United States, Russia on right course in Syria
On March 27, the cessation of hostilities in Syria will have held for one month. Yes, there have been violations, but the agreement has held. Given where we were, and where we are, we might put the present state of affairs in the category of a small miracle, a breakthrough for US-Russian leadership and cooperation and, hopefully, a turning point for the Syrian people.
US Secretary of State John Kerry said in Moscow on March 24, “There has been a fragile but nevertheless beneficial reduction in violence — some say as much as 85-90% — in Syria. It’s also true that the cessation in hostilities has produced the first significant flow of humanitarian assistance to people, some whom haven’t seen that assistance in several years. But we both know that more needs to be done in terms of both a reduction of violence and the flow of humanitarian aid.”
There is of course much more to be done, and if the cessation of hostilities continues to hold and expand, it will be the result of a deep and impactful partnership between Kerry and Russian Foreign Minister Sergey Lavrov. Kerry said March 24 that the United States and Russia have agreed to press for expanded humanitarian assistance, the release of detainees and an acceleration of the political process leading to a transition government, a new constitution and elections. The same day, UN Special Envoy for Syria Staffan de Mistura said that both the Syrian government and the opposition delegations had taken the first round of negotiations “very seriously.” Talks are expected to resume in April.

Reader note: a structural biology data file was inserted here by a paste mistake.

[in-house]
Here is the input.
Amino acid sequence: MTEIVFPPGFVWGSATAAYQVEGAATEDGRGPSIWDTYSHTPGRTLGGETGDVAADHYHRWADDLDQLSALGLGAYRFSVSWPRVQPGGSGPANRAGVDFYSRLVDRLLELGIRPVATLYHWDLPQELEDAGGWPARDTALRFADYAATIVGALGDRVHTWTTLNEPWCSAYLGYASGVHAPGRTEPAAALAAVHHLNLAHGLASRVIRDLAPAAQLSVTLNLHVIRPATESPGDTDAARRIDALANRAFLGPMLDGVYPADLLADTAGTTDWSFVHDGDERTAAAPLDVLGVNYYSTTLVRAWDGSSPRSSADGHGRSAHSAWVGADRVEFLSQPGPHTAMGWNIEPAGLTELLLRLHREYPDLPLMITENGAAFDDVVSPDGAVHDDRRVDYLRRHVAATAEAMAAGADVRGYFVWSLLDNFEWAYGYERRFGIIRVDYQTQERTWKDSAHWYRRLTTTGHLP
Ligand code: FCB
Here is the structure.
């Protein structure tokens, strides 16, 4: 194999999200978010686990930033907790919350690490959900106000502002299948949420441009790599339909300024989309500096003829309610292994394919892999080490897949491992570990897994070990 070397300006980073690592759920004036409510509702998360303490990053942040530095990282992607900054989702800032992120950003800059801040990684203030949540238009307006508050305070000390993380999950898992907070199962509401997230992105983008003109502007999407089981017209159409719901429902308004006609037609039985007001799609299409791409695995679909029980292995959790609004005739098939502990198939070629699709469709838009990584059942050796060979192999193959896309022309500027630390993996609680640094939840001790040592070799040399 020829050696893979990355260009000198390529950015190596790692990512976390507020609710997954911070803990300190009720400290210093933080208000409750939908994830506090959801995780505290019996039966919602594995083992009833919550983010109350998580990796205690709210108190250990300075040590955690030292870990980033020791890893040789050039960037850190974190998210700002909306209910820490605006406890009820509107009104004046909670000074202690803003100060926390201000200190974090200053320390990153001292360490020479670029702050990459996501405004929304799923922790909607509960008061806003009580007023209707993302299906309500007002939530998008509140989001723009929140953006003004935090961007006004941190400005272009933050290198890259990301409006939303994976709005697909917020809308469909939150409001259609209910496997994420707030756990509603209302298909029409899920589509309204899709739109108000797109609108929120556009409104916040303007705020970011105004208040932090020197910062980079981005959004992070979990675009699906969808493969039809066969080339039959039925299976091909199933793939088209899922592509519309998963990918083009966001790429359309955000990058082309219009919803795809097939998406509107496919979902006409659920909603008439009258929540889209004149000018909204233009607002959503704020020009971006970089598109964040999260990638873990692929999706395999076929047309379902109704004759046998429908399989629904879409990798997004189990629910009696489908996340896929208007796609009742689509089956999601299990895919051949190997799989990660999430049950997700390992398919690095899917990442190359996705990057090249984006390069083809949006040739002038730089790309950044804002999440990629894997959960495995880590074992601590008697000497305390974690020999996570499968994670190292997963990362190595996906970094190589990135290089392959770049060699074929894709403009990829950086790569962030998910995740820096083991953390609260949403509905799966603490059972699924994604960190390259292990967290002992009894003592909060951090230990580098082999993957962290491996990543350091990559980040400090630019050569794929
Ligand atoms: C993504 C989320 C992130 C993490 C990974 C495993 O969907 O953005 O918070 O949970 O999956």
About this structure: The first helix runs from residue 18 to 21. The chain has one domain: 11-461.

And let’s add a bit more good news: The Islamic State (IS) is losing ground in Syria and Iraq. IHS/Jane’s reported March 15 that IS has lost 22% of its territory in both countries, mostly in Syria, since January 2015, a trend that accelerated with the Russian military intervention on behalf of the Syrian government in September. US Special Operations Forces killed top IS financier Abd al-Rahman Mustafa al-Qaduli last week, and as this column goes to press, Syrian government forces, backed by Russian air power, are poised to retake Palmyra from the terrorist group.